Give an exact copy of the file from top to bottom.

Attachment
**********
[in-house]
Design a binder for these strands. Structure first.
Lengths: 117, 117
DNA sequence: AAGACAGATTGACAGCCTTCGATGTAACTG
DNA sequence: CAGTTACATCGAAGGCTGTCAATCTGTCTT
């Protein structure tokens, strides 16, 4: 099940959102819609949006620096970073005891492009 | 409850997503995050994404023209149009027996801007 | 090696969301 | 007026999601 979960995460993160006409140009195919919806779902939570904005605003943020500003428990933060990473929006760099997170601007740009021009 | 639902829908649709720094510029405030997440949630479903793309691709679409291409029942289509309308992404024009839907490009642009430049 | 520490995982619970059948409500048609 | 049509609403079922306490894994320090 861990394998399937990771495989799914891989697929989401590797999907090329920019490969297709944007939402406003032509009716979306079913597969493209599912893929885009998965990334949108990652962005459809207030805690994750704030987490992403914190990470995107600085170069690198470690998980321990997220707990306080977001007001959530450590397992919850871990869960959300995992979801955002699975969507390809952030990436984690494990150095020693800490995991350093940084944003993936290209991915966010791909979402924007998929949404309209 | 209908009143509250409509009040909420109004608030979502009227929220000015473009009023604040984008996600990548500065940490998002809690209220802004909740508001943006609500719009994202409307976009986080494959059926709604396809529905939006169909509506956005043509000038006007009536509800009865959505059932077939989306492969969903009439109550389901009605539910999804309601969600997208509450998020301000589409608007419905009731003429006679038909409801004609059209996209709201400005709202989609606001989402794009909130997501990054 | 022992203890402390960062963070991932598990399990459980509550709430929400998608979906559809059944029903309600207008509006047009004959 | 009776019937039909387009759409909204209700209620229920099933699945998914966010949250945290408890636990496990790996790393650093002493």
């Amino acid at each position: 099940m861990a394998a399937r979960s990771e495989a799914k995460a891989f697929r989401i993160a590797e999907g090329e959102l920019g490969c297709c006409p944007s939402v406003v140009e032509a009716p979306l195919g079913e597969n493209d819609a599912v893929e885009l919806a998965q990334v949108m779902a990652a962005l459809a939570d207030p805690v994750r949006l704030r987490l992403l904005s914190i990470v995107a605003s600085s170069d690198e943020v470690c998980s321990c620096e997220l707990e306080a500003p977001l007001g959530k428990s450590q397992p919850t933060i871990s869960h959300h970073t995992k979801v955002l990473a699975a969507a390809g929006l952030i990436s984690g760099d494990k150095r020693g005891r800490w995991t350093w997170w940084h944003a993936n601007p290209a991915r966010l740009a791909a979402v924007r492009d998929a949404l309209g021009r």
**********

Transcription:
[in-house]
Design a binder for these strands. Structure first.
Lengths: 117, 117
DNA sequence: AAGACAGATTGACAGCCTTCGATGTAACTG
DNA sequence: CAGTTACATCGAAGGCTGTCAATCTGTCTT
């Protein structure tokens, strides 16, 4: 099940959102819609949006620096970073005891492009 | 409850997503995050994404023209149009027996801007 | 090696969301 | 007026999601 979960995460993160006409140009195919919806779902939570904005605003943020500003428990933060990473929006760099997170601007740009021009 | 639902829908649709720094510029405030997440949630479903793309691709679409291409029942289509309308992404024009839907490009642009430049 | 520490995982619970059948409500048609 | 049509609403079922306490894994320090 861990394998399937990771495989799914891989697929989401590797999907090329920019490969297709944007939402406003032509009716979306079913597969493209599912893929885009998965990334949108990652962005459809207030805690994750704030987490992403914190990470995107600085170069690198470690998980321990997220707990306080977001007001959530450590397992919850871990869960959300995992979801955002699975969507390809952030990436984690494990150095020693800490995991350093940084944003993936290209991915966010791909979402924007998929949404309209 | 209908009143509250409509009040909420109004608030979502009227929220000015473009009023604040984008996600990548500065940490998002809690209220802004909740508001943006609500719009994202409307976009986080494959059926709604396809529905939006169909509506956005043509000038006007009536509800009865959505059932077939989306492969969903009439109550389901009605539910999804309601969600997208509450998020301000589409608007419905009731003429006679038909409801004609059209996209709201400005709202989609606001989402794009909130997501990054 | 022992203890402390960062963070991932598990399990459980509550709430929400998608979906559809059944029903309600207008509006047009004959 | 009776019937039909387009759409909204209700209620229920099933699945998914966010949250945290408890636990496990790996790393650093002493």
């Amino acid at each position: 099940m861990a394998a399937r979960s990771e495989a799914k995460a891989f697929r989401i993160a590797e999907g090329e959102l920019g490969c297709c006409p944007s939402v406003v140009e032509a009716p979306l195919g079913e597969n493209d819609a599912v893929e885009l919806a998965q990334v949108m779902a990652a962005l459809a939570d207030p805690v994750r949006l704030r987490l992403l904005s914190i990470v995107a605003s600085s170069d690198e943020v470690c998980s321990c620096e997220l707990e306080a500003p977001l007001g959530k428990s450590q397992p919850t933060i871990s869960h959300h970073t995992k979801v955002l990473a699975a969507a390809g929006l952030i990436s984690g760099d494990k150095r020693g005891r800490w995991t350093w997170w940084h944003a993936n601007p290209a991915r966010l740009a791909a979402v924007r492009d998929a949404l309209g021009r």